There are several other modifications to the signal processing which could provide more robust operation or enhanced performance. We did not implement these in the experiment but discuss them as potential future improvements. One straightforward improvement is to implement a better bin vetoing algorithm. Instead of entirely rejecting all bins outside of the cutoff frequencies, a smarter bin vetoing process could enable more bins to be utilized per FFT. One possibility is a weighted approach, where an initial calibration is performed after launch to obtain the average noise in each FFT bin when no signal is present. The maximum value per FFT would be determined by finding the bin with the highest signal-to-noise ratio (instead of just the highest amplitude). This increased number of usable bins per FFT could allow the slave laser’s sweep rate to be increased (thus decreasing the total commissioning time).
As the beat note frequency during the scans is not constant, the amplitude measured by the FFT changes depending on the sinusoid’s frequency with respect to the center of the FFT bin. The ambiguity in the amplitude (due to the random position of the beat note inside an FFT bin) could be reduced by modifying the peak detection signal processing slightly. One way to do this would be to apply a windowing function to the signal prior to the FFT. Although this makes the signal amplitude more stable, it also increases the noise due to coupling of noise from adjacent frequency bins. On average, windowing would be expected to reduce the signal-to-noise ratio and thus is not desirable when the goal is simply peak detection such as in the commissioning scan. However, in a high signal-to-noise environment, a more repeatable beat note amplitude would allow more accurate interpolation between scan lines/FFT points, which may be an advantage for the reacquisition scan.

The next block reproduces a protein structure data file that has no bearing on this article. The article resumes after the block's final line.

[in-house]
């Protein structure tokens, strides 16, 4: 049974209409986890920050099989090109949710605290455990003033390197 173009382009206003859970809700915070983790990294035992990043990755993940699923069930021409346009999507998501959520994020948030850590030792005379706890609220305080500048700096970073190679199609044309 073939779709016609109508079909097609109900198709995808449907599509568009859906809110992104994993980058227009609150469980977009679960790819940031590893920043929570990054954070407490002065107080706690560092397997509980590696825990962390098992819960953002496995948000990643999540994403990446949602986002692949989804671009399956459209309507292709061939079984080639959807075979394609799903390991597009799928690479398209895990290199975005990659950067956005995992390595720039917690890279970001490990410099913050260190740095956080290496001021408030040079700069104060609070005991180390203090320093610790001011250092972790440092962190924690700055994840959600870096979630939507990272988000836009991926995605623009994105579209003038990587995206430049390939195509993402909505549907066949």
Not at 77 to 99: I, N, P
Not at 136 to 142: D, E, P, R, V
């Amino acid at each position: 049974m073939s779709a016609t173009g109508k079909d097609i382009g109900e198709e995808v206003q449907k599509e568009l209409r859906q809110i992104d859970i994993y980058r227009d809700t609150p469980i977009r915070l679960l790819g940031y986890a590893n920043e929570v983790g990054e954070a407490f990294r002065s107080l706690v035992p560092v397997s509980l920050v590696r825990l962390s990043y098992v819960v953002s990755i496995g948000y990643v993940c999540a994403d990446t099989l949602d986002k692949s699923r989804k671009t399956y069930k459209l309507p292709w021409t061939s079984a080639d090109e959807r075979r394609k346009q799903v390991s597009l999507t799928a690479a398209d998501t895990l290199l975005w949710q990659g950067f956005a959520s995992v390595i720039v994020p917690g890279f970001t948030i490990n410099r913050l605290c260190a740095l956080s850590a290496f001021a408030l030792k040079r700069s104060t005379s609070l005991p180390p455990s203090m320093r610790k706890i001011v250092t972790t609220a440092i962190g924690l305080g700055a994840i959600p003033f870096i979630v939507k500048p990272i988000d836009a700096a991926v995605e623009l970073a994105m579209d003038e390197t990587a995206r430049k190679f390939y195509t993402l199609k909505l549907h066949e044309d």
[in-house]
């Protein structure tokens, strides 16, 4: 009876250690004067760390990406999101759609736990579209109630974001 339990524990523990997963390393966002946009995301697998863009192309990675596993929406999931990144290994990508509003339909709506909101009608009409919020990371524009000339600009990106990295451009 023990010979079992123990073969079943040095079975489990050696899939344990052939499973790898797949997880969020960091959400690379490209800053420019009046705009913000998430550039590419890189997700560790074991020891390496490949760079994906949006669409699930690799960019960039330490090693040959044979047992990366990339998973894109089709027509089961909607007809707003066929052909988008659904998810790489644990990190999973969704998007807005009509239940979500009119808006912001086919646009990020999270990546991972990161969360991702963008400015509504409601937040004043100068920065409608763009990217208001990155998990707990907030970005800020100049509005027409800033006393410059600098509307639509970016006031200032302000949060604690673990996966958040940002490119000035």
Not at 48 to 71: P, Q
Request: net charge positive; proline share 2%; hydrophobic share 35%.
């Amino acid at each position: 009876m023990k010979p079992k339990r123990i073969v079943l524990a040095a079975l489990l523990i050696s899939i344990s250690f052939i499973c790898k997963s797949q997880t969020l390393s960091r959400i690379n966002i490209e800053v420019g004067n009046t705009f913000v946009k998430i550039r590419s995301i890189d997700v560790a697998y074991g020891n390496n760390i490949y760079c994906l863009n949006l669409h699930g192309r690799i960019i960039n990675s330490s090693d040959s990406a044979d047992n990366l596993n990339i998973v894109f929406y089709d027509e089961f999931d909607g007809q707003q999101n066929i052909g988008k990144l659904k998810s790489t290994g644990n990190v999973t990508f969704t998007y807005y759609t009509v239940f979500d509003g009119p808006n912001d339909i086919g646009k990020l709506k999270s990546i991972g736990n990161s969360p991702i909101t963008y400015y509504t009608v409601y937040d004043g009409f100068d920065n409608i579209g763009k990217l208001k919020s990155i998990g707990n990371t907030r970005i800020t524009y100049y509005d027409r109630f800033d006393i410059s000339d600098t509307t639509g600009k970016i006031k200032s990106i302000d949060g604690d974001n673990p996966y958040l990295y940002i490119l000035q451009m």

Although feasible, it may be undesirable to use two different signal processing algorithms (un-windowed and windowed) for the commissioning and reacquisition scans. It is possible to implement something akin to windowing on the output of the FFT by taking the average of three FFT bins—the bin of maximum power as well as each bin on either side. Just as for windowing, this captures any signal power that has leaked into adjacent bins, and like windowing, incurs a noise penalty as the noise of all three bins enters the measurement. One potential penalty of this approach compared to widowing prior to the FFT is a reduced frequency resolution, but this is not a driving requirement of the acquisition strategy design. The advantage is that this alternative to windowing could be performed after the fact, either on the ground or on the flight processor, without modifying the FPGA algorithm.
We have experimentally demonstrated a laser link acquisition scheme in the laboratory using GRACE Follow-On parameters. We have demonstrated both the commissioning and reacquisition stages of the proposed strategy with the elected steering patterns while sweeping the frequency of the slave laser. The digital signal processing, consisting of a fast Fourier transform-based peak detection algorithm run on each photodetector output, was implemented with representative hardware. Our fast steering mirror was driven with a frequency close to the mechanical limit of the flight steering mirror. As this limit plays a large role in the total time required for the commissioning scan, our demonstration was also representative of acquisition times for GFO. In all of the commissioning and reacquisition trials performed, we unambiguously found the beat note on each detector.
The architecture for the GRACE Follow-On laser ranging instrument is now quite mature, and it is unlikely that there will be major changes to the interferometer design. The acquisition strategy continues to be refined, however, and this work augments simulations to provide risk reduction for the GRACE Follow-On laser ranging instrument.
The authors gratefully acknowledge discussions and advice from Kirk McKenzie and Andrew Sutton. This work was supported in part under the Australian Government’s Australian Space Research Programme, grants from the Australian Research Council, and by the “Deutsche Forschungsgemeinschaft” (DFG) through the Cluster of Excellence QUEST (Centre for Quantum Engineering and Space-Time Research). Some of the work described in this paper was performed at the Jet Propulsion Laboratory, California Institute of Technology, under contract with the National Aeronautics and Space Administration.